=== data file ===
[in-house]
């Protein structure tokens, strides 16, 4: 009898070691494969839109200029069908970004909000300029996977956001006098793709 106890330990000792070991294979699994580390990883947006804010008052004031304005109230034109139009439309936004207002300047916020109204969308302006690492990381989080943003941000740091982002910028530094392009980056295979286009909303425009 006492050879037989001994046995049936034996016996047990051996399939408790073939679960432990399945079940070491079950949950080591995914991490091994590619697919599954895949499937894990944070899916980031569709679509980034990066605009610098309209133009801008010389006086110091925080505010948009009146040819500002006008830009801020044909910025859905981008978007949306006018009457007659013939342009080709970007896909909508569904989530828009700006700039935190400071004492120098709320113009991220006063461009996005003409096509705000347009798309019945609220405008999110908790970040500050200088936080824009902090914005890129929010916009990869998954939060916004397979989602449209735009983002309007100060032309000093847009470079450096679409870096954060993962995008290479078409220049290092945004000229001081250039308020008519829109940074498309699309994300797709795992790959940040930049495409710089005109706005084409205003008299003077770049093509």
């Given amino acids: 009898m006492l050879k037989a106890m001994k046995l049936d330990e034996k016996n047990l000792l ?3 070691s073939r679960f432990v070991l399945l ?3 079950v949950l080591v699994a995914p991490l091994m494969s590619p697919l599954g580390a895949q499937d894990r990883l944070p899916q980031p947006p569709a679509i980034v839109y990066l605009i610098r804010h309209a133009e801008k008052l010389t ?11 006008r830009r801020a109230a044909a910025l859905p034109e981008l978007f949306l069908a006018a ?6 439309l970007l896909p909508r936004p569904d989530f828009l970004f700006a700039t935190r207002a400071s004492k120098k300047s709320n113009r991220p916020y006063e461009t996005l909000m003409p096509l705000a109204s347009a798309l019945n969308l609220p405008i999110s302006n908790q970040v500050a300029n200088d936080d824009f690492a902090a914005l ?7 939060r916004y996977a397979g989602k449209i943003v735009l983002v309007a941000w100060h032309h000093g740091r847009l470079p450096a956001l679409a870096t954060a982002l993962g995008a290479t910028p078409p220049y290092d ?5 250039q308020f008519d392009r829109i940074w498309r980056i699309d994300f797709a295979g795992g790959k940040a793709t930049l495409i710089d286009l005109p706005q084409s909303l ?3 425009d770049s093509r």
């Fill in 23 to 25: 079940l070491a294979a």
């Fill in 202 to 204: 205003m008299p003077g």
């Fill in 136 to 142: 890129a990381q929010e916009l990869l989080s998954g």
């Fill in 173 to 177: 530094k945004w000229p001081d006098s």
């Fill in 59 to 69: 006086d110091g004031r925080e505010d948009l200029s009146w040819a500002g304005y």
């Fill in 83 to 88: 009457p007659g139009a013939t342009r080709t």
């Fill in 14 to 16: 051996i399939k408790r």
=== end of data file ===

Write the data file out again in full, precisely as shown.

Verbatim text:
[in-house]
């Protein structure tokens, strides 16, 4: 009898070691494969839109200029069908970004909000300029996977956001006098793709 106890330990000792070991294979699994580390990883947006804010008052004031304005109230034109139009439309936004207002300047916020109204969308302006690492990381989080943003941000740091982002910028530094392009980056295979286009909303425009 006492050879037989001994046995049936034996016996047990051996399939408790073939679960432990399945079940070491079950949950080591995914991490091994590619697919599954895949499937894990944070899916980031569709679509980034990066605009610098309209133009801008010389006086110091925080505010948009009146040819500002006008830009801020044909910025859905981008978007949306006018009457007659013939342009080709970007896909909508569904989530828009700006700039935190400071004492120098709320113009991220006063461009996005003409096509705000347009798309019945609220405008999110908790970040500050200088936080824009902090914005890129929010916009990869998954939060916004397979989602449209735009983002309007100060032309000093847009470079450096679409870096954060993962995008290479078409220049290092945004000229001081250039308020008519829109940074498309699309994300797709795992790959940040930049495409710089005109706005084409205003008299003077770049093509």
């Given amino acids: 009898m006492l050879k037989a106890m001994k046995l049936d330990e034996k016996n047990l000792l ?3 070691s073939r679960f432990v070991l399945l ?3 079950v949950l080591v699994a995914p991490l091994m494969s590619p697919l599954g580390a895949q499937d894990r990883l944070p899916q980031p947006p569709a679509i980034v839109y990066l605009i610098r804010h309209a133009e801008k008052l010389t ?11 006008r830009r801020a109230a044909a910025l859905p034109e981008l978007f949306l069908a006018a ?6 439309l970007l896909p909508r936004p569904d989530f828009l970004f700006a700039t935190r207002a400071s004492k120098k300047s709320n113009r991220p916020y006063e461009t996005l909000m003409p096509l705000a109204s347009a798309l019945n969308l609220p405008i999110s302006n908790q970040v500050a300029n200088d936080d824009f690492a902090a914005l ?7 939060r916004y996977a397979g989602k449209i943003v735009l983002v309007a941000w100060h032309h000093g740091r847009l470079p450096a956001l679409a870096t954060a982002l993962g995008a290479t910028p078409p220049y290092d ?5 250039q308020f008519d392009r829109i940074w498309r980056i699309d994300f797709a295979g795992g790959k940040a793709t930049l495409i710089d286009l005109p706005q084409s909303l ?3 425009d770049s093509r």
């Fill in 23 to 25: 079940l070491a294979a």
């Fill in 202 to 204: 205003m008299p003077g």
């Fill in 136 to 142: 890129a990381q929010e916009l990869l989080s998954g």
């Fill in 173 to 177: 530094k945004w000229p001081d006098s």
């Fill in 59 to 69: 006086d110091g004031r925080e505010d948009l200029s009146w040819a500002g304005y």
């Fill in 83 to 88: 009457p007659g139009a013939t342009r080709t």
């Fill in 14 to 16: 051996i399939k408790r």